The opinion of the court was delivered by: TYLER
Vicente Galvan and Marcelino Torres, plaintiffs, have brought this action pursuant to 42 U.S.C. § 1983 to redress the alleged violation of rights secured to them by the Constitution of the United States. Asserting jurisdiction under 28 U.S.C. § 1343(3), (4), plaintiffs contend that the denial by the defendant, the Industrial Commissioner of the State of New York, of unemployment insurance benefits to them and other native Puerto Ricans similarly situated pursuant to a policy hereinafter described, constitutes a violation of their right to travel, due process of law and equal protection of the laws.
By various interstate agreements, New York State unemployment benefits may be collected by a claimant who has moved away from New York. Every claimant's eligibility for unemployment insurance benefits is partially determined by New York Labor Law, McKinney's Consol. Laws, c. 31, § 591 which provides in pertinent part as follows:
"1. Unemployment. Benefits shall be paid only to a claimant who is totally unemployed and who is unable to engage in his usual employment or in any other for which he is reasonably fitted by training and experience.
"2. Availability and capability. No benefits shall be payable to any claimant who is not capable of work or who is not ready, willing and able to work in his usual employment or in any other for which he is reasonably fitted by training and experience."
Pursuant to § 591, for many years the policy of the Commissioner has been that benefits are not paid to a claimant who: (1) leaves the labor market area in which he was last employed, and (2) moves his residence to another labor market area where there are no reasonable opportunities of obtaining work for which he is qualified by training and experience. The policy is founded on the determination that a person who insulates himself from any reasonable opportunity of employment is not truly available for work within the meaning of § 591(2).
Beginning in 1967, following a series of decisions of the New York State Department of Labor Unemployment Insurance Appeal Board,
the defendant, who is charged with administering the Unemployment Insurance Law, decided that a claimant's removal to an area of "high persistent unemployment" was convincing evidence that he had moved to an area where there was no reasonable opportunity of obtaining work. Accordingly, unless he possesses an occupational skill for which there is a particular demand, such a claimant is now deemed unavailable for work and denied benefits.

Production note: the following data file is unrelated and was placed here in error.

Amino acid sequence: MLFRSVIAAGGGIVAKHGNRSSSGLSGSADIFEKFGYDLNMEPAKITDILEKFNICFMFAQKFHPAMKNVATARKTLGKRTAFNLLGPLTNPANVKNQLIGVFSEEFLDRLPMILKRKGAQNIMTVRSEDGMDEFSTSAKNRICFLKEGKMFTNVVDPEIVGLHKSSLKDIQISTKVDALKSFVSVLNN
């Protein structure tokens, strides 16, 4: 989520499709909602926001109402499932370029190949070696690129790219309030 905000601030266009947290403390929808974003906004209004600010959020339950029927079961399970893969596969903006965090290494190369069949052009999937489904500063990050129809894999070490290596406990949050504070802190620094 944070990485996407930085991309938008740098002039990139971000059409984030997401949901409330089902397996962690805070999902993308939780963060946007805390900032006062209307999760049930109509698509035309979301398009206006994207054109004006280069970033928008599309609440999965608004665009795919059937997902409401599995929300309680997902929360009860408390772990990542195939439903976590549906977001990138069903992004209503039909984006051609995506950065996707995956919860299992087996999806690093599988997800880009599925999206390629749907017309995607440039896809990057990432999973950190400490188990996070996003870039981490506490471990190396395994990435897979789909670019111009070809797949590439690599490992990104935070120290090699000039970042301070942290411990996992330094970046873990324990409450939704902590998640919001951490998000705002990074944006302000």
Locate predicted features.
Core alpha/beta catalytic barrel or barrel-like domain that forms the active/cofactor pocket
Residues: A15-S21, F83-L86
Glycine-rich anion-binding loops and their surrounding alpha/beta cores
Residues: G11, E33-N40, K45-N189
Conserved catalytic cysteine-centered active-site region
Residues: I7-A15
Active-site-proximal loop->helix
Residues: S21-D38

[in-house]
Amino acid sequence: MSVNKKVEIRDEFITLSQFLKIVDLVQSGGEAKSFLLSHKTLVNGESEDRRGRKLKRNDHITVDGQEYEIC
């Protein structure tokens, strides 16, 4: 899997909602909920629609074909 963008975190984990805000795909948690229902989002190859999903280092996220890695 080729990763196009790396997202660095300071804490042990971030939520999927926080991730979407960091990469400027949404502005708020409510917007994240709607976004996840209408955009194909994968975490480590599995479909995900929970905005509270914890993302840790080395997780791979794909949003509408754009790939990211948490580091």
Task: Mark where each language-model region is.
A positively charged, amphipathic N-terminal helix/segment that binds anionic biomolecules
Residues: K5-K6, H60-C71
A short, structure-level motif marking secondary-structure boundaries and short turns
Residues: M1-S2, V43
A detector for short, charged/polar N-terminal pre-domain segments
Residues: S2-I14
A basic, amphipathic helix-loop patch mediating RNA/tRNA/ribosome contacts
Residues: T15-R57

The defendant's definition of an area of high persistent unemployment is derived from a classification which appears in Area Trends in Employment and Unemployment, a publication of the United States Department of Labor, Manpower Administration.
In practice, the State of New York has limited application of its policy to those areas where the unemployment rate is over twelve percent of the area's total work force. Of the 150 major labor areas classified in Area Trends, only two areas fall into "Group F", the category for those areas having an unemployment rate over twelve percent. Both of those areas are in Puerto Rico. While Area Trends also lists smaller labor markets, it does not compute their unemployment rates. To determine the unemployment rates for these regions, New York apparently relies on statistics provided by the state to which the claimant has moved or on direct correspondence with the local office. It is not at all clear at this stage of the litigation whether there are areas other than those in Puerto Rico with unemployment rates of 12 percent or more to which a New York claimant has moved.
Plaintiffs are Puerto Rican born citizens of the United States. Each has worked in New York for several years, though his dependents have continued to reside in Puerto Rico. Plaintiffs' New York employment has tended to be seasonal because of decreased activity in their occupations in the winter months.